King Harald of Norway may be deprived of three boat berths he has at his disposal in Oslo. A long-standing dispute between the Norwegian government and the Sea Centre at Killingen on Bygdøy outside Oslo could lead to the king and several others losing their berths.
One June 7th 2021, another round on the issue started in the court system, after the Ministry of Local Government and Modernization lost the previous round in the Oslo District Court in March last year. With one exception, Sjøsenteret Killingen has won over the state in at least five legal rounds. King Harald still has three boat berths for both winter and summer storage at the sea centre. The trial between the state and Killingen Sea Centre will last all this week.
The dispute is about a floating jetty between Bygdøy and the small island Killingen, where Sea Centre Killingen is located. The state authorities, who are the area’s landowners, want to remove it. Today the Sea Centre has room for somewhere between 400 and 500 berths at this location. King Harald has had strong ties to the Sea Centre at Killingen outside Bygdøy for several decades, as did his father, King Olav.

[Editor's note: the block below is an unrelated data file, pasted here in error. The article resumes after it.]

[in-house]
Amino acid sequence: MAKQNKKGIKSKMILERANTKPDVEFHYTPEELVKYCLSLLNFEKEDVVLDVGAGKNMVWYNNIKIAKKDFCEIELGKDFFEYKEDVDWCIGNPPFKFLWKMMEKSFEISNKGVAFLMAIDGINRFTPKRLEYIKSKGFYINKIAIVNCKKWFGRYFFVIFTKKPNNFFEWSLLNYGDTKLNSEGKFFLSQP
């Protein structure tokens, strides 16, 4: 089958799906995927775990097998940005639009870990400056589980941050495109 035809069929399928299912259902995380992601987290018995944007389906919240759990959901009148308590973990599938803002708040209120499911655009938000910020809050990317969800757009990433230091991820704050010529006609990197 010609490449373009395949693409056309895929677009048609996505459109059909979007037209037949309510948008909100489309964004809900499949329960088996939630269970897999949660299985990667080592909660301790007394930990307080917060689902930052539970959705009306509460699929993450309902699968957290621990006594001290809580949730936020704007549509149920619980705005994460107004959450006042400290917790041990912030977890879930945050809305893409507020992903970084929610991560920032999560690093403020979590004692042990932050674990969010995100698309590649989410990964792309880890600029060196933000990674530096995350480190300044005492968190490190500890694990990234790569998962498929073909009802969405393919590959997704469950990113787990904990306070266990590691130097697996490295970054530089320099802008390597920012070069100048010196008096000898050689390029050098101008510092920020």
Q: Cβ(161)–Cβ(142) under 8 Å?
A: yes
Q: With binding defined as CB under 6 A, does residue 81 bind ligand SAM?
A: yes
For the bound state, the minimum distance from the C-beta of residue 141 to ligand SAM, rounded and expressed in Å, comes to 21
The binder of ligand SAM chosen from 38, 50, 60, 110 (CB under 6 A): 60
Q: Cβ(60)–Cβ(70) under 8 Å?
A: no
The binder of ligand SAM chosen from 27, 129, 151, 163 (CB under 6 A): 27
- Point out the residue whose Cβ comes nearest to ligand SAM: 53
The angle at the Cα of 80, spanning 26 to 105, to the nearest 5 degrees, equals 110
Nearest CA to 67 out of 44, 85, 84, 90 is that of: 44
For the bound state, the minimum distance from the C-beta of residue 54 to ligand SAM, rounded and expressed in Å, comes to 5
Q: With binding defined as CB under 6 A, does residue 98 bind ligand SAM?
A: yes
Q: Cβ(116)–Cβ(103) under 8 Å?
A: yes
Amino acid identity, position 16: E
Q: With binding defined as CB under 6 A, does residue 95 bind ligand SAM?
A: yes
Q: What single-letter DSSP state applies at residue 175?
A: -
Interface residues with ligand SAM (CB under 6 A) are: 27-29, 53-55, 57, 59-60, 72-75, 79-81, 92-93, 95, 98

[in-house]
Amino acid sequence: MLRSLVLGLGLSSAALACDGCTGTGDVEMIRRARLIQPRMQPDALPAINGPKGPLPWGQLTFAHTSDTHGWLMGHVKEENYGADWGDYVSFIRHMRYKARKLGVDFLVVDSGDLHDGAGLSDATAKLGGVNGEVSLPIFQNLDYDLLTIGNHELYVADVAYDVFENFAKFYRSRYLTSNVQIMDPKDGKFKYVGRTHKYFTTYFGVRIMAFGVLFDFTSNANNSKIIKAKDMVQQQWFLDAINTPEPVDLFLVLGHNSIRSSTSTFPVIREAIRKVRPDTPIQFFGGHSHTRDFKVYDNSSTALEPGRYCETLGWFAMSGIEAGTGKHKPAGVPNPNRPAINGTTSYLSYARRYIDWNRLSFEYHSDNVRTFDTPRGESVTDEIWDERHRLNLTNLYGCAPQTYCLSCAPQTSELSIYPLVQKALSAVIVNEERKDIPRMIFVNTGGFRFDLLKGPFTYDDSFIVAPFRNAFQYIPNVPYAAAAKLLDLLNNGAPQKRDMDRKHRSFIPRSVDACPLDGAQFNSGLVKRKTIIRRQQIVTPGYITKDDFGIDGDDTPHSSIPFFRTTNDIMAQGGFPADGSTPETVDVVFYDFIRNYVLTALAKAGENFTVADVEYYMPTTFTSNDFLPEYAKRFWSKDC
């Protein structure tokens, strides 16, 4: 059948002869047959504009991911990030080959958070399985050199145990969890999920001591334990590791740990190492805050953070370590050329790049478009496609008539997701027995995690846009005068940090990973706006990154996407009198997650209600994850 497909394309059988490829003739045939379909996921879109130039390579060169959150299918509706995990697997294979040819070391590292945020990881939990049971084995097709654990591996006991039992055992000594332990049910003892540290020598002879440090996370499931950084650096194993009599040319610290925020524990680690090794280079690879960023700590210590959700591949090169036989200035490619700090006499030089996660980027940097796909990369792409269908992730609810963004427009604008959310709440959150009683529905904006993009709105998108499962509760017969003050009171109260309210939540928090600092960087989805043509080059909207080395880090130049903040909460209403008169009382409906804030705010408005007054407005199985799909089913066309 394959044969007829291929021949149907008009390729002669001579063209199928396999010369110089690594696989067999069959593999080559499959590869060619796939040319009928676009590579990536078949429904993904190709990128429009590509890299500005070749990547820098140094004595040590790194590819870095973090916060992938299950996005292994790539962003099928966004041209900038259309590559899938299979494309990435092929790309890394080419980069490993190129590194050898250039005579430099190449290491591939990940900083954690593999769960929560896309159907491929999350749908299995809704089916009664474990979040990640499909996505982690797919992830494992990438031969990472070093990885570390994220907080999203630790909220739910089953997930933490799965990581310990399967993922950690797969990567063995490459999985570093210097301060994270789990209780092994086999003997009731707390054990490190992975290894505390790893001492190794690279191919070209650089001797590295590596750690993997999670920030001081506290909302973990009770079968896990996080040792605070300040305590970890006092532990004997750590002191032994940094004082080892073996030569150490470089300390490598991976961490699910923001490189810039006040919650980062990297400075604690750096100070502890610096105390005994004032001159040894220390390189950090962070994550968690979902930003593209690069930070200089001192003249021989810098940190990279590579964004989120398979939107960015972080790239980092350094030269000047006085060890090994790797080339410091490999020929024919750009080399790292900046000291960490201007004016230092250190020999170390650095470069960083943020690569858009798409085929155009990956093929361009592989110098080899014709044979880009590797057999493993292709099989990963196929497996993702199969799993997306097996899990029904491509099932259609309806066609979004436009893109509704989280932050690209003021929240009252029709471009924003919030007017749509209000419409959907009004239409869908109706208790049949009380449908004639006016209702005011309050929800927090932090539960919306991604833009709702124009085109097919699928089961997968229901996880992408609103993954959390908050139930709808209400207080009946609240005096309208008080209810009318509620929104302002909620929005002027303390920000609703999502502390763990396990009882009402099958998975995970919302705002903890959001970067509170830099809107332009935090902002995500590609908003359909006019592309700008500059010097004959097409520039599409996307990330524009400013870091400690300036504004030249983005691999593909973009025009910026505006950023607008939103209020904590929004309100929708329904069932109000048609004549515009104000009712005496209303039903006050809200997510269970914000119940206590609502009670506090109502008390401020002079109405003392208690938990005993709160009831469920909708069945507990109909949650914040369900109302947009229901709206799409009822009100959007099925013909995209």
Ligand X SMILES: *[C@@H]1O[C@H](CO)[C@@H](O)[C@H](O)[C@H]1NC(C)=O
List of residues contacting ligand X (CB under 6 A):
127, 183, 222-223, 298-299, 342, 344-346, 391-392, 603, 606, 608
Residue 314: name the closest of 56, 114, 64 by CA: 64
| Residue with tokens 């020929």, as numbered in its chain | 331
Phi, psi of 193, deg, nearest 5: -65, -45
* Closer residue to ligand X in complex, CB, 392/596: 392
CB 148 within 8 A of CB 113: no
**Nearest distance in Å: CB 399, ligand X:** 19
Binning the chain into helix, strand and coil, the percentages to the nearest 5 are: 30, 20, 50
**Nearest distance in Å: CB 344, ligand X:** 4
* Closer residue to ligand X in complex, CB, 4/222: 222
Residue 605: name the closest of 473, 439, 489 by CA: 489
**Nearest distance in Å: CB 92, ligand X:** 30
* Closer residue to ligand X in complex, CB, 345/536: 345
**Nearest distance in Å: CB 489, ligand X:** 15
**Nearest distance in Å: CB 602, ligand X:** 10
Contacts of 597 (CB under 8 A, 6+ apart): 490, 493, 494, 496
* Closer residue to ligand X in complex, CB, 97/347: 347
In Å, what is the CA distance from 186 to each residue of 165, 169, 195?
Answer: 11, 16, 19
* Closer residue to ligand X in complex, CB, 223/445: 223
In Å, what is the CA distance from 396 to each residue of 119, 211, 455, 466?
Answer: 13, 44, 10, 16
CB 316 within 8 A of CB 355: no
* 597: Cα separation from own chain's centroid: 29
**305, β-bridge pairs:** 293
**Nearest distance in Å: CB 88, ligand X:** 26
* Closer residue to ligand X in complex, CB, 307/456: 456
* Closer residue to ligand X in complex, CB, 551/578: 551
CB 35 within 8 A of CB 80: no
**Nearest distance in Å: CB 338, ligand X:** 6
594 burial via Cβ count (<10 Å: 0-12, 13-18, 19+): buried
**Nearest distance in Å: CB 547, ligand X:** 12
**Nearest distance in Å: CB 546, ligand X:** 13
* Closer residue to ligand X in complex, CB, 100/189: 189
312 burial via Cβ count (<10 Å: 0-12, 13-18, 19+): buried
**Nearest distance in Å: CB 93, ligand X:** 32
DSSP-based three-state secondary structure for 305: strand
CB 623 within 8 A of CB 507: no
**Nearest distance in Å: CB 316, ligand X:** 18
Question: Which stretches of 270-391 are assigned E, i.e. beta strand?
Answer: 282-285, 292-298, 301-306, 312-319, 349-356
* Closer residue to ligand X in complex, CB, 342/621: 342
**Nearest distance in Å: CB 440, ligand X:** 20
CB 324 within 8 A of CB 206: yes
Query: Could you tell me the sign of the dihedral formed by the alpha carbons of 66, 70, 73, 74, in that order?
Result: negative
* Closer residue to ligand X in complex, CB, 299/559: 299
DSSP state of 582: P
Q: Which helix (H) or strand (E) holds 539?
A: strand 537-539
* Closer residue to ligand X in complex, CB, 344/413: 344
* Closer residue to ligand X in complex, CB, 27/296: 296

The king has been sailing for a number of years, and has many merits from his time as Crown Prince. He represented Norway in sailing during the Summer Olympics in 1964, 1968 and 1972, and carried the Norwegian flag during the opening ceremony in Tokyo in 1964. In 1987, the then Crown Prince and his crew became world champions in sailing.
His Majesty the King owns several sailing boats and is an active sailor even though he is more than 80 years old. The Royal Court has not wished to make a comment to the Norwegian press on the ongoing trail. There are long waiting lists for berths in the same area and the king must put himself on a waiting list if he wants a berth in the same area if he is deprived of the berths he now owns. There is an estimated waiting time for a berth in the Oslo region now of 10 years.